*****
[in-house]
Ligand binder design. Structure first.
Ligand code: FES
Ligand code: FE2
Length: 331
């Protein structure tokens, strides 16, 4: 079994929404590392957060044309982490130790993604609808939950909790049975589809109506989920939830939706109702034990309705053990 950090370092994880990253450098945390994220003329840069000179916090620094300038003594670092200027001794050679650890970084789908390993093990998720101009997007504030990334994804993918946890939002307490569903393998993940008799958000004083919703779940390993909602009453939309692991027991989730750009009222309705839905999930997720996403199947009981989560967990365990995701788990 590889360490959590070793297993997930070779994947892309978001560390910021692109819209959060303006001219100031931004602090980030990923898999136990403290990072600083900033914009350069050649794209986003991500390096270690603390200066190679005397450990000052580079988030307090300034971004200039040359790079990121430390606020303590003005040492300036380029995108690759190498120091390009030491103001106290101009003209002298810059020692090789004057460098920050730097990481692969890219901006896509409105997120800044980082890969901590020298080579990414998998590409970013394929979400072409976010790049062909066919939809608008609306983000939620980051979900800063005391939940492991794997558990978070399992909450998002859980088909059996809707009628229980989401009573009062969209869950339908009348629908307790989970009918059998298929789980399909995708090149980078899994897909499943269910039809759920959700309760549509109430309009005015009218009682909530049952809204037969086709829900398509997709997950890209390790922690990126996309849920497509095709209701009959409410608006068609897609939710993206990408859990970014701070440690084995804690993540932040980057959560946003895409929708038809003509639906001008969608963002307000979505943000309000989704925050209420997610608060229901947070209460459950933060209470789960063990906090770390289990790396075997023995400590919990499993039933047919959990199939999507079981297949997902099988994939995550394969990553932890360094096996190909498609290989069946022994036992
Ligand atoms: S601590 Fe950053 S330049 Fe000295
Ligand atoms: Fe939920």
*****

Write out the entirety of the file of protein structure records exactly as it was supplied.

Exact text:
[in-house]
Ligand binder design. Structure first.
Ligand code: FES
Ligand code: FE2
Length: 331
């Protein structure tokens, strides 16, 4: 079994929404590392957060044309982490130790993604609808939950909790049975589809109506989920939830939706109702034990309705053990 950090370092994880990253450098945390994220003329840069000179916090620094300038003594670092200027001794050679650890970084789908390993093990998720101009997007504030990334994804993918946890939002307490569903393998993940008799958000004083919703779940390993909602009453939309692991027991989730750009009222309705839905999930997720996403199947009981989560967990365990995701788990 590889360490959590070793297993997930070779994947892309978001560390910021692109819209959060303006001219100031931004602090980030990923898999136990403290990072600083900033914009350069050649794209986003991500390096270690603390200066190679005397450990000052580079988030307090300034971004200039040359790079990121430390606020303590003005040492300036380029995108690759190498120091390009030491103001106290101009003209002298810059020692090789004057460098920050730097990481692969890219901006896509409105997120800044980082890969901590020298080579990414998998590409970013394929979400072409976010790049062909066919939809608008609306983000939620980051979900800063005391939940492991794997558990978070399992909450998002859980088909059996809707009628229980989401009573009062969209869950339908009348629908307790989970009918059998298929789980399909995708090149980078899994897909499943269910039809759920959700309760549509109430309009005015009218009682909530049952809204037969086709829900398509997709997950890209390790922690990126996309849920497509095709209701009959409410608006068609897609939710993206990408859990970014701070440690084995804690993540932040980057959560946003895409929708038809003509639906001008969608963002307000979505943000309000989704925050209420997610608060229901947070209460459950933060209470789960063990906090770390289990790396075997023995400590919990499993039933047919959990199939999507079981297949997902099988994939995550394969990553932890360094096996190909498609290989069946022994036992
Ligand atoms: S601590 Fe950053 S330049 Fe000295
Ligand atoms: Fe939920």